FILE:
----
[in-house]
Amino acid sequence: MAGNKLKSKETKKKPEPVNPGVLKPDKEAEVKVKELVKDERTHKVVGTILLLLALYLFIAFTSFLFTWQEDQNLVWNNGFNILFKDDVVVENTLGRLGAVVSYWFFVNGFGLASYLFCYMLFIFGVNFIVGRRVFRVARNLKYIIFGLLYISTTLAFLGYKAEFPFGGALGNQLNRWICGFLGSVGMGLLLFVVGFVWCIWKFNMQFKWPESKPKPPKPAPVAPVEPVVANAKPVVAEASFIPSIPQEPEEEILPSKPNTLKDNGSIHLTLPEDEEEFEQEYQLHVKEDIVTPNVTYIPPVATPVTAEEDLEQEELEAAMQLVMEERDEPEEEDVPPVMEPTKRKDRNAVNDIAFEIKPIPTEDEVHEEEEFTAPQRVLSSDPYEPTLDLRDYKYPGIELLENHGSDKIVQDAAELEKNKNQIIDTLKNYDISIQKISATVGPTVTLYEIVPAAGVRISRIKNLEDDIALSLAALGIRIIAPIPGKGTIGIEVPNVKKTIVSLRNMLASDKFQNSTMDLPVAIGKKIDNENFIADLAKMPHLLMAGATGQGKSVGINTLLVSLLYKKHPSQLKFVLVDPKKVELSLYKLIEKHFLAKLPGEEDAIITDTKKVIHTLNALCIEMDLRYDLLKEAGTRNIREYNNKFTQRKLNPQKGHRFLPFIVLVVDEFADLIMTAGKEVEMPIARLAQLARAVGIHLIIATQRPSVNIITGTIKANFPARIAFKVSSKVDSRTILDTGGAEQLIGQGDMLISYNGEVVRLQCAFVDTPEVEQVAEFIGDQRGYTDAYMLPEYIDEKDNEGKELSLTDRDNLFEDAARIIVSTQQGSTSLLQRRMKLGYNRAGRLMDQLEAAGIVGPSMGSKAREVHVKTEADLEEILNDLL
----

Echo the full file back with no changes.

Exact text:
[in-house]
Amino acid sequence: MAGNKLKSKETKKKPEPVNPGVLKPDKEAEVKVKELVKDERTHKVVGTILLLLALYLFIAFTSFLFTWQEDQNLVWNNGFNILFKDDVVVENTLGRLGAVVSYWFFVNGFGLASYLFCYMLFIFGVNFIVGRRVFRVARNLKYIIFGLLYISTTLAFLGYKAEFPFGGALGNQLNRWICGFLGSVGMGLLLFVVGFVWCIWKFNMQFKWPESKPKPPKPAPVAPVEPVVANAKPVVAEASFIPSIPQEPEEEILPSKPNTLKDNGSIHLTLPEDEEEFEQEYQLHVKEDIVTPNVTYIPPVATPVTAEEDLEQEELEAAMQLVMEERDEPEEEDVPPVMEPTKRKDRNAVNDIAFEIKPIPTEDEVHEEEEFTAPQRVLSSDPYEPTLDLRDYKYPGIELLENHGSDKIVQDAAELEKNKNQIIDTLKNYDISIQKISATVGPTVTLYEIVPAAGVRISRIKNLEDDIALSLAALGIRIIAPIPGKGTIGIEVPNVKKTIVSLRNMLASDKFQNSTMDLPVAIGKKIDNENFIADLAKMPHLLMAGATGQGKSVGINTLLVSLLYKKHPSQLKFVLVDPKKVELSLYKLIEKHFLAKLPGEEDAIITDTKKVIHTLNALCIEMDLRYDLLKEAGTRNIREYNNKFTQRKLNPQKGHRFLPFIVLVVDEFADLIMTAGKEVEMPIARLAQLARAVGIHLIIATQRPSVNIITGTIKANFPARIAFKVSSKVDSRTILDTGGAEQLIGQGDMLISYNGEVVRLQCAFVDTPEVEQVAEFIGDQRGYTDAYMLPEYIDEKDNEGKELSLTDRDNLFEDAARIIVSTQQGSTSLLQRRMKLGYNRAGRLMDQLEAAGIVGPSMGSKAREVHVKTEADLEEILNDLL